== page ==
Leerdam vase by Lanooy

above: Leerdam vase
designed by Lanooy 1927

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Leerdam Glass from
The Glass Encyclopedia

A short explanation of Leerdam Glass:

The Royal Dutch Glassworks at Leerdam in the Netherlands, has been making glass since 1765. Traditionally they made table glasses, decanters, tableware, ornaments and containers, using traditional designs that are difficult to trace to any one glassworks.

Leerdam was one of the first Dutch factories to collaborate with artists and architects in order to produce beautiful, high quality factory-made glass products. P.M.Cochius became director in 1912 and from 1915 the company were commissioning designers to prepare suites of modern glass tableware and drinking sets, as well as vases and ornaments. These designer sets were acid etched with the designer's mark and marketed under the artists' name. Their designers included K.P.C.De Bazel, Andries D. Copier, C.J. Lanooy, Hendrik P. Berlage and Floris Maydam. The vase on the left was designed by Lanooy in 1927, and entitled Orange Apple.

Andries Dirk Copier (1901-1991) became the most famous of the Leerdam designer-artists. He began his career at the Leerdam glassworks as an apprentice glassblower in 1914 at the age of 13, attending training in painting, graphic design, and photographic printing during his appreintice years. After a half year of military service Copier returned to Leerdam in their design department, and by the time he was twenty Copier was supervising the manufacture of designs by the architect De Bazel and others. He was appointed the first full-time designer for Leerdam, and became one of the greatest Dutch glass designers. It is no exageration to say that his glass can be found in every Dutch household.

As General Artistic Director of the Leerdam factory from 1927, Copier had wide ranging responsiblities for developing the designs as well as organising exhibitions and publicity. His glass designs can be divided into two groups, firstly mass-produced, utilitarian glassware (mould-blown and hand-finished or press-moulded). And secondly his unique designs made at the furnace in collaboration with a master glass-blower. This was a completely new method of production for Leerdam. Copier as designer and Gerrit Vroegh as glass-blower experimented together at the furnace producing unique designs which were exhibited at Leerdam exhibitions from 1924 onwards. The public reacted well to this new kind of Leerdam glass, and the company marketed it from 1925 onwards as Leerdam Unica in company catalogues.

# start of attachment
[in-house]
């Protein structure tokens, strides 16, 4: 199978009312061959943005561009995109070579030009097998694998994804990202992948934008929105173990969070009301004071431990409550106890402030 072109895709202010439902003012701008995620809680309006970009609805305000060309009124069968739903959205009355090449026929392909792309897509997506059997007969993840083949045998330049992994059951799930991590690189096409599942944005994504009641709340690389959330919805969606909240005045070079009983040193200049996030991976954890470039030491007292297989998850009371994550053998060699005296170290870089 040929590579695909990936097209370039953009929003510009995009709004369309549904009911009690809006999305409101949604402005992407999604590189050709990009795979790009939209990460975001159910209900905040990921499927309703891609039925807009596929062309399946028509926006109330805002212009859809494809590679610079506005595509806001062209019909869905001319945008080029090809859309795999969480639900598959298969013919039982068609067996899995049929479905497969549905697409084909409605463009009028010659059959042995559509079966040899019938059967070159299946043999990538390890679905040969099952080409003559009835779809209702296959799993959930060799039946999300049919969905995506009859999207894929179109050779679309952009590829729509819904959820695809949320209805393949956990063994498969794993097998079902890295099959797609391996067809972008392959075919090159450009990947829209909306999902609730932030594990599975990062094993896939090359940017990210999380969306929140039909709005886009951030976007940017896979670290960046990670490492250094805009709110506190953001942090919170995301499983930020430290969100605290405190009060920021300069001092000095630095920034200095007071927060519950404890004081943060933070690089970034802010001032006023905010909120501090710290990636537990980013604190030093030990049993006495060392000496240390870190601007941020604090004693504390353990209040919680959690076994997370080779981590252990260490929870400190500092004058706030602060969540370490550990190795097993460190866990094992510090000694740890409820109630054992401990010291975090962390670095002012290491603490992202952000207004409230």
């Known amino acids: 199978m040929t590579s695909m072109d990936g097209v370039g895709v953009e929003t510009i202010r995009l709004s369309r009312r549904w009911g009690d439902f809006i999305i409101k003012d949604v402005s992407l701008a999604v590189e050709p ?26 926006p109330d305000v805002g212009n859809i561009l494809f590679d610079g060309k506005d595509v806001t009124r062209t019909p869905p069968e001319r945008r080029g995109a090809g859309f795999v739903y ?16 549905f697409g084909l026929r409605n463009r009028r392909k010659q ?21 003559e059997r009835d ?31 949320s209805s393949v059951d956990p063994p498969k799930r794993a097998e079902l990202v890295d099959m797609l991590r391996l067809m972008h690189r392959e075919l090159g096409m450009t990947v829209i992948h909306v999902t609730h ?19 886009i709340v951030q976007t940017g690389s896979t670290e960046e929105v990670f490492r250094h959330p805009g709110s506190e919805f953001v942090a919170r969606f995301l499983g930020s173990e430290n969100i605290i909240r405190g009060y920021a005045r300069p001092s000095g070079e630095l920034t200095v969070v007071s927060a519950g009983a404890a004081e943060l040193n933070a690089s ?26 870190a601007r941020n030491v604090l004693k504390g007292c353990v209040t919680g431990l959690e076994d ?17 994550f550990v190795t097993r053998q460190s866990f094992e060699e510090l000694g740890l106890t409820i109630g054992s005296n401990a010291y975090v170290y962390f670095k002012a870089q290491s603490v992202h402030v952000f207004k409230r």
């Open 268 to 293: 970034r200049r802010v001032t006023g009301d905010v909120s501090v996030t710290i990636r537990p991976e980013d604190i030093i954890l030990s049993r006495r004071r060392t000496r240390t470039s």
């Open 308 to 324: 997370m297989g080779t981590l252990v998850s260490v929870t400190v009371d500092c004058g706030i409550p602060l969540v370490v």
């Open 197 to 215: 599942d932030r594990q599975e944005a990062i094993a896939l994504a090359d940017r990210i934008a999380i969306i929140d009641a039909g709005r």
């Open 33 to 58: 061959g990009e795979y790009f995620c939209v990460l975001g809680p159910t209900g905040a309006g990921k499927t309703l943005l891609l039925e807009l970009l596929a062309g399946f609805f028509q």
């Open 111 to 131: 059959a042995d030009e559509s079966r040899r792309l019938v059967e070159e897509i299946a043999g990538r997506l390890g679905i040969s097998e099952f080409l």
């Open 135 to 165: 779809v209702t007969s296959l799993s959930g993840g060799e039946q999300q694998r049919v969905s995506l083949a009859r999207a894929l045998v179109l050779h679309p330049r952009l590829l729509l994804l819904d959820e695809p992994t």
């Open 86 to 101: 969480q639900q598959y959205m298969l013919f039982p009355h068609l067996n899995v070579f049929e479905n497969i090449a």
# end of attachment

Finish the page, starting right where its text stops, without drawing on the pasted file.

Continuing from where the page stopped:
Leerdam Unica glass was so successful that other artist designers also produced Unica pieces, Chris Lanooy, Chris Lebeau and Rudolphe Strebelle. But their proportion of unsaleable items was too high, and by 1929 onwards only Copier was allowed to experiment at the furnace making Unica glass.

Leerdam Serica was the name given to short run limited edition designs usually derived from particularly successful Unica designs. Even these limited editions were expensive to produce. In 1940 Copier founded the Leerdam glass school, where some of the best glass artists of the next generation were trained. Copier continued to design Unica and Serica pieces for Leerdam until 1967. He retired from Leerdam in 1971 and did not work with glass until 1977, when he started collaborating with the glssblower H F Feunnekes and Piet van Klei at the art glass studio of Willem Heesen. In his eighties he went to Italy to collaborate with some of the great Italian glass artists. He died in 1991. But many of his designs continued to be produced at the Leerdam factory.

References and Further Reading

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Copier Ideas in Glass 20th Century glass book Millers Antiques book Millers Understanding Antiques book

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